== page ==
When Parker Thompson gets behind the wheel the speeds are higher, but the stakes are the same.
The 17-year-old race car driver from Red Deer, Alta. stopped in at Penticton Secondary School on Oct. 2 to speak with students about distracted driving, a factor in 34 per cent of all crashes involving people ages 16 to 20 between 2009 and 2013.
Thompson got behind the wheel of a go-kart at eight years old and now races in USF2000, an Indy Car training ground and the first step on the Mazda Road to Indy racing series. Thompson told students he feels safer pushing two-litre engines up to 240 km/h than he does driving on any Canadian highway.
Thompson is on a 60-school tour across Canada to tell students who are just getting their licenses about the dangers of distracted driving.
“I wanted to give back. I saw the emerging problem of distracted driving, how many lives it was taking and it was a no-brainer because when we’re in the race car we know first hand what five seconds of distraction can do,” Thompson said. “It’s life or death and it’s the same thing on the roads.
Being the same age as many of the students he is speaking to, he doesn’t lecture, but converses with them.
“It’s me talking peer-to-peer and I think that really connects with the students very well and it really hits home,” Thompson said. “I’ve been in a few crashes myself on the racetrack and I know what crashes are like. I would hate for any student to go through what I’ve gone through.”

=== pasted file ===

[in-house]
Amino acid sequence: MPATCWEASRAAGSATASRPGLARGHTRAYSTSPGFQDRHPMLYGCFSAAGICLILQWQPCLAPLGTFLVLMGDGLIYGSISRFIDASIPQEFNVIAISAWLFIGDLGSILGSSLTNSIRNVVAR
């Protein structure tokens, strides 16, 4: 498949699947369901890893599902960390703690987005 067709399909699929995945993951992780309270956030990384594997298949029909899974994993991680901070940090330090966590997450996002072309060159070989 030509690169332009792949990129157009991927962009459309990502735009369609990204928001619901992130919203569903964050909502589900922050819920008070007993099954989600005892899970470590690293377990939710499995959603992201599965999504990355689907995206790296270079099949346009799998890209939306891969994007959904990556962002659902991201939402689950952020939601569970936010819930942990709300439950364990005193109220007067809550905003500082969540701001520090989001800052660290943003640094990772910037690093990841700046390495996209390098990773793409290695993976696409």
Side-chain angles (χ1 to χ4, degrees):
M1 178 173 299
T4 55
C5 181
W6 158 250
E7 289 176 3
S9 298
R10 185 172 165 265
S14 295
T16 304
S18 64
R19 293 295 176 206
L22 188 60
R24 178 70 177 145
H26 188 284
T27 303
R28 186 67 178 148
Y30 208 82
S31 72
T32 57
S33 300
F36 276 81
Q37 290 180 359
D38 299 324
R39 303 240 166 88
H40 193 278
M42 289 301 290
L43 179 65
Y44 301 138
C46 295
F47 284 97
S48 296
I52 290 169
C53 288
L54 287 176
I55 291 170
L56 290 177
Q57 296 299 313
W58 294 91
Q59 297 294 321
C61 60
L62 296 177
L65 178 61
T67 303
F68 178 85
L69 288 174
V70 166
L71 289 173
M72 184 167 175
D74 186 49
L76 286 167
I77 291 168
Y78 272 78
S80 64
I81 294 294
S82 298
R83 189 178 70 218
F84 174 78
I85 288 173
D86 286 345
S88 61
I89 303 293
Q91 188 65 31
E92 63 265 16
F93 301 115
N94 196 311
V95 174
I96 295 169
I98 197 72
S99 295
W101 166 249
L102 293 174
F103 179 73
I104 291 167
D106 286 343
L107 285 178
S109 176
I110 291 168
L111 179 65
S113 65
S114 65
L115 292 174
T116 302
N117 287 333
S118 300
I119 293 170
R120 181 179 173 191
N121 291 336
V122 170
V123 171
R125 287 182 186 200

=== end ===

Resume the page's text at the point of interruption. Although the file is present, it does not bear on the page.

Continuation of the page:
It goes beyond texting or playing on your phone Thompson said.
“What you have to understand about distracted driving is that it’s not just texting and driving as a lot of people think, it’s anything that distracts you when you’re behind the wheel,” Thompson said.
Conversing with your passenger, applying make up and eating were a few examples of non-phone related distractions.
Being distracted behind the wheel is an issue Grade 10 Pen High student Winston Nguyen thinks isn’t being taken seriously enough.
“Most kids think they know everything. They think they’re gods, they’re cocky,” Nguyen said.
During Thompson’s presentation students viewed the short film Distracted Driving Josh’s Storycreated by London Health Sciences Centre’s Trauma Program and the Children’s Health Foundation, exploring the tragedy of a young man killed in a motor vehicle collision involving distracted driving and the effect on his family and friends.
Nguyen hopes this story hit home with his fellow students.
“I think it was a really good idea to get the Josh Field story because I know a lot of people can connect to it in a personal way. My friend, they also died because of this,” Nguyen said.